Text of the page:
Comment by jonmid 2011-07-02 19:56:17

Look why don't we just try out on a trial run basis if it works use it, if not then don't

Comment by Alex Walker 2012-03-13 20:30:26

"Nothing personal Bob, just that I feel it's worth pointing out that you drawing parallels between football's lack of action on diving has shag all to do with whether we should take the power of decision making on whether a goal is a goal away from the match officials."

How is it taking power away from the officials? The referee would either call for it, or be advised by the 4th official. It's no more taking the power of decision making away than it is listening to the advice of the linesman.

Comment by SWISS 2012-03-16 14:26:26

In times of doubt I always turn to Alan Green (Hi Allan, happy St Patrick's Day) and his callers who 'fink' and 'fort' there way around the thorny ishoos that affect yer Liverpools, yer Manchuniteds and yer Arsenuls of this world.

They're all in agreement.

In this day and age the technology MUST exist for us to tell whether the ball has crossed the line or not.

The callers (great show Allan) are a bit sketchy on how long it would take the 4th official (for it is he who'll decide) to make the call. Some say 'firty seconds' will be enough, uvvers go for even less.

At least we'll have the correct decision.

Considering teams like yer Manchuniteds and Arsenuls of this world can have the ball up the pitch and in the back of your net in about 7 seconds how exactly are we to stop the game?

Line one?...No?.....Line two....hello? Line...3 Is Tom on the M6...'I'm actually on the hurr hurr-click.'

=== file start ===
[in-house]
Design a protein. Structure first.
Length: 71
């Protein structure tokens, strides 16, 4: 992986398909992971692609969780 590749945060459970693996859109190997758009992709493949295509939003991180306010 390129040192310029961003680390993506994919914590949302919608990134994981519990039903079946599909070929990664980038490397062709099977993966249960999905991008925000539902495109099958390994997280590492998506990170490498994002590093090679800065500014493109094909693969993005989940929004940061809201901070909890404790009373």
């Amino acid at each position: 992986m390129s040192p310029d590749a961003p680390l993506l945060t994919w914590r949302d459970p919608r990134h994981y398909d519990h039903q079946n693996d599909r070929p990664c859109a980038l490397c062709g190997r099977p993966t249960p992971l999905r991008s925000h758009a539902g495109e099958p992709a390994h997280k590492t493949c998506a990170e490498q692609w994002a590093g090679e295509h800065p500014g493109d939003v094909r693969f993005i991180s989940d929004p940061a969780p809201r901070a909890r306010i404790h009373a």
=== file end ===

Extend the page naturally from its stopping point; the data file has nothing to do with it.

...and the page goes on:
OK, so we've stopped the game to allow the 4th official to have a look at his monitor, he's taken 29.9 seconds and 'no goal'. Play on! had the ball, stood here....I think.

Line 9 Is some daft bat from Reading 'Hello Allan, great show. It works in Rugby, Tennis and downhill skiing why can't it work in football?'

Because football isn't (can you swear on here?) effing ping-pong or paragilding or any of the other stupid 'sports' you pretend to watch but know nothing about.

I have a solution.

For all those people to whom football is about the result and nothing else we'll start new tables in the Sunday Papers for you.

We'll roll two dices and whatever comes up is the result and that's that. No arguing, no comment, no need for technology.

For the rest of us who love a shout and a moan and a laugh we'll stick with football the way it is.

I don't know if you spotted it but QPR's 'goal' was 'scored' from a corner that should have been a goal kick? How far whould we rewind the tape Allan?....? Allan.....? Are you there.....?

For the record. I think that by now the technology MUST exist to bring the dead back from the grave.

But it doesn't.

Play to the whistle!